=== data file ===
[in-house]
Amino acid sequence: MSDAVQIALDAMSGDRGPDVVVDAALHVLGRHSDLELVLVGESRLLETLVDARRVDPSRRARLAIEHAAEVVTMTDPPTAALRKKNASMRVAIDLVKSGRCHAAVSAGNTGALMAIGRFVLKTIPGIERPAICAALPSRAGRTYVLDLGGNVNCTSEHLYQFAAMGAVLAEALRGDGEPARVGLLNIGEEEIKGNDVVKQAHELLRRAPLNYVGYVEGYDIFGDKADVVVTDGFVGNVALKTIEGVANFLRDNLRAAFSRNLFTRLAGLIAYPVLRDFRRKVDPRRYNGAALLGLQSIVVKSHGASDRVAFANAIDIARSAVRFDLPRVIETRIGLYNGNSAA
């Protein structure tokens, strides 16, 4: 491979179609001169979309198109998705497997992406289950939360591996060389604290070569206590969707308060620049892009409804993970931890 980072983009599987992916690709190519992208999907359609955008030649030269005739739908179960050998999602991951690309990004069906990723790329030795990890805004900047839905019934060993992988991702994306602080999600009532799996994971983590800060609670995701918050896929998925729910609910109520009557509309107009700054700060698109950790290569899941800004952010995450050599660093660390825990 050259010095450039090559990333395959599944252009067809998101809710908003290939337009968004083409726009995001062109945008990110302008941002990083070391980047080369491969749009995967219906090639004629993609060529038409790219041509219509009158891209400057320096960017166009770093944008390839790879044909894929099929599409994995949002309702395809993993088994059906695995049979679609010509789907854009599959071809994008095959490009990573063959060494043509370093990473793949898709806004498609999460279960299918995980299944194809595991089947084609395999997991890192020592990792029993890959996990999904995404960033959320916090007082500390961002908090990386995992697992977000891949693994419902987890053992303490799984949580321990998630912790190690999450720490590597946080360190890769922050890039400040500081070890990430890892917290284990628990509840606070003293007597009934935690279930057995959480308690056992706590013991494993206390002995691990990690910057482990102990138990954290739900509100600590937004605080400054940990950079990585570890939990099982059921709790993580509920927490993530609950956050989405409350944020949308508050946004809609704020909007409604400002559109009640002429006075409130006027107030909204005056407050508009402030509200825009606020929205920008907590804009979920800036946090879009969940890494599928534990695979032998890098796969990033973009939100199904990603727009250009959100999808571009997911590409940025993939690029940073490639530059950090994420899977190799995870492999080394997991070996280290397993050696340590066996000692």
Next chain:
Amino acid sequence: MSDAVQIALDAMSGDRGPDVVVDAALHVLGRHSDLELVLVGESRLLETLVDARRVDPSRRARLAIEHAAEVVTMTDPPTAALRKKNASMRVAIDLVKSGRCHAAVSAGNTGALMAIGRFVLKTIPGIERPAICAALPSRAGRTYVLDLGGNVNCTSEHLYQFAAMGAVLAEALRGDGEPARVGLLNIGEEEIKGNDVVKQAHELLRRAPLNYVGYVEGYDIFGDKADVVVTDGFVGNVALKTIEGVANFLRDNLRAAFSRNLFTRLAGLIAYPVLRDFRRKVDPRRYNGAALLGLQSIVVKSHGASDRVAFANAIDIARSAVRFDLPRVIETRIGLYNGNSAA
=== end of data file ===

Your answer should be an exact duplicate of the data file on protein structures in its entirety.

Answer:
[in-house]
Amino acid sequence: MSDAVQIALDAMSGDRGPDVVVDAALHVLGRHSDLELVLVGESRLLETLVDARRVDPSRRARLAIEHAAEVVTMTDPPTAALRKKNASMRVAIDLVKSGRCHAAVSAGNTGALMAIGRFVLKTIPGIERPAICAALPSRAGRTYVLDLGGNVNCTSEHLYQFAAMGAVLAEALRGDGEPARVGLLNIGEEEIKGNDVVKQAHELLRRAPLNYVGYVEGYDIFGDKADVVVTDGFVGNVALKTIEGVANFLRDNLRAAFSRNLFTRLAGLIAYPVLRDFRRKVDPRRYNGAALLGLQSIVVKSHGASDRVAFANAIDIARSAVRFDLPRVIETRIGLYNGNSAA
């Protein structure tokens, strides 16, 4: 491979179609001169979309198109998705497997992406289950939360591996060389604290070569206590969707308060620049892009409804993970931890 980072983009599987992916690709190519992208999907359609955008030649030269005739739908179960050998999602991951690309990004069906990723790329030795990890805004900047839905019934060993992988991702994306602080999600009532799996994971983590800060609670995701918050896929998925729910609910109520009557509309107009700054700060698109950790290569899941800004952010995450050599660093660390825990 050259010095450039090559990333395959599944252009067809998101809710908003290939337009968004083409726009995001062109945008990110302008941002990083070391980047080369491969749009995967219906090639004629993609060529038409790219041509219509009158891209400057320096960017166009770093944008390839790879044909894929099929599409994995949002309702395809993993088994059906695995049979679609010509789907854009599959071809994008095959490009990573063959060494043509370093990473793949898709806004498609999460279960299918995980299944194809595991089947084609395999997991890192020592990792029993890959996990999904995404960033959320916090007082500390961002908090990386995992697992977000891949693994419902987890053992303490799984949580321990998630912790190690999450720490590597946080360190890769922050890039400040500081070890990430890892917290284990628990509840606070003293007597009934935690279930057995959480308690056992706590013991494993206390002995691990990690910057482990102990138990954290739900509100600590937004605080400054940990950079990585570890939990099982059921709790993580509920927490993530609950956050989405409350944020949308508050946004809609704020909007409604400002559109009640002429006075409130006027107030909204005056407050508009402030509200825009606020929205920008907590804009979920800036946090879009969940890494599928534990695979032998890098796969990033973009939100199904990603727009250009959100999808571009997911590409940025993939690029940073490639530059950090994420899977190799995870492999080394997991070996280290397993050696340590066996000692």
Next chain:
Amino acid sequence: MSDAVQIALDAMSGDRGPDVVVDAALHVLGRHSDLELVLVGESRLLETLVDARRVDPSRRARLAIEHAAEVVTMTDPPTAALRKKNASMRVAIDLVKSGRCHAAVSAGNTGALMAIGRFVLKTIPGIERPAICAALPSRAGRTYVLDLGGNVNCTSEHLYQFAAMGAVLAEALRGDGEPARVGLLNIGEEEIKGNDVVKQAHELLRRAPLNYVGYVEGYDIFGDKADVVVTDGFVGNVALKTIEGVANFLRDNLRAAFSRNLFTRLAGLIAYPVLRDFRRKVDPRRYNGAALLGLQSIVVKSHGASDRVAFANAIDIARSAVRFDLPRVIETRIGLYNGNSAA